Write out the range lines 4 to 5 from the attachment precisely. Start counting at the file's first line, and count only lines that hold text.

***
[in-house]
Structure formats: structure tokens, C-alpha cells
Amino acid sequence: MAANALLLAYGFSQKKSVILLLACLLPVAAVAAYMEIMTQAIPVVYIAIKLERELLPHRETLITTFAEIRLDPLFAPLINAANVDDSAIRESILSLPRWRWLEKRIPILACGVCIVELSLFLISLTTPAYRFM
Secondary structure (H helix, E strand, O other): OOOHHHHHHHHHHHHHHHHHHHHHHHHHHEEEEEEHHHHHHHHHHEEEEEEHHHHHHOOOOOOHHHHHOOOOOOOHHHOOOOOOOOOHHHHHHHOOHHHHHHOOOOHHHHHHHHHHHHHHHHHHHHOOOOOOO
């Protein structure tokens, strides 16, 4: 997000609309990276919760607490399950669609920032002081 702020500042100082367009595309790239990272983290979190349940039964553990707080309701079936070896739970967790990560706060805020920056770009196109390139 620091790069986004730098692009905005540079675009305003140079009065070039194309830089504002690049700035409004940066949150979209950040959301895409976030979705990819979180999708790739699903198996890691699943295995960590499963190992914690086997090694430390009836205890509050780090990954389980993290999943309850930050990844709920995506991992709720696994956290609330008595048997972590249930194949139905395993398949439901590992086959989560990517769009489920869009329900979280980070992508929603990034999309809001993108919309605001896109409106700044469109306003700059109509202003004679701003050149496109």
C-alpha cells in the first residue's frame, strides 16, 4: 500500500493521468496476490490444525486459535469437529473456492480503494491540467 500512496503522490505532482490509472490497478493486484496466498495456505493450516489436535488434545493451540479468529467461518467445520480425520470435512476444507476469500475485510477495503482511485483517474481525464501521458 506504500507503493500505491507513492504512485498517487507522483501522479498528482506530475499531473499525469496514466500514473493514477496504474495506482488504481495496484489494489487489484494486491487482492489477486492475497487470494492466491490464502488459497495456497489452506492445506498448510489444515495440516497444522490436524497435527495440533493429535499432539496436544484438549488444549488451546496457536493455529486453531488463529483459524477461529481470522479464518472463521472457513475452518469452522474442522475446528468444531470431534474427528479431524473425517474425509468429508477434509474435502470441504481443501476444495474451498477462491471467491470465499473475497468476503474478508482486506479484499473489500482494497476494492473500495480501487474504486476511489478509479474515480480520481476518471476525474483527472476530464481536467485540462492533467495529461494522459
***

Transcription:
Secondary structure (H helix, E strand, O other): OOOHHHHHHHHHHHHHHHHHHHHHHHHHHEEEEEEHHHHHHHHHHEEEEEEHHHHHHOOOOOOHHHHHOOOOOOOHHHOOOOOOOOOHHHHHHHOOHHHHHHOOOOHHHHHHHHHHHHHHHHHHHHOOOOOOO
């Protein structure tokens, strides 16, 4: 997000609309990276919760607490399950669609920032002081 702020500042100082367009595309790239990272983290979190349940039964553990707080309701079936070896739970967790990560706060805020920056770009196109390139 620091790069986004730098692009905005540079675009305003140079009065070039194309830089504002690049700035409004940066949150979209950040959301895409976030979705990819979180999708790739699903198996890691699943295995960590499963190992914690086997090694430390009836205890509050780090990954389980993290999943309850930050990844709920995506991992709720696994956290609330008595048997972590249930194949139905395993398949439901590992086959989560990517769009489920869009329900979280980070992508929603990034999309809001993108919309605001896109409106700044469109306003700059109509202003004679701003050149496109």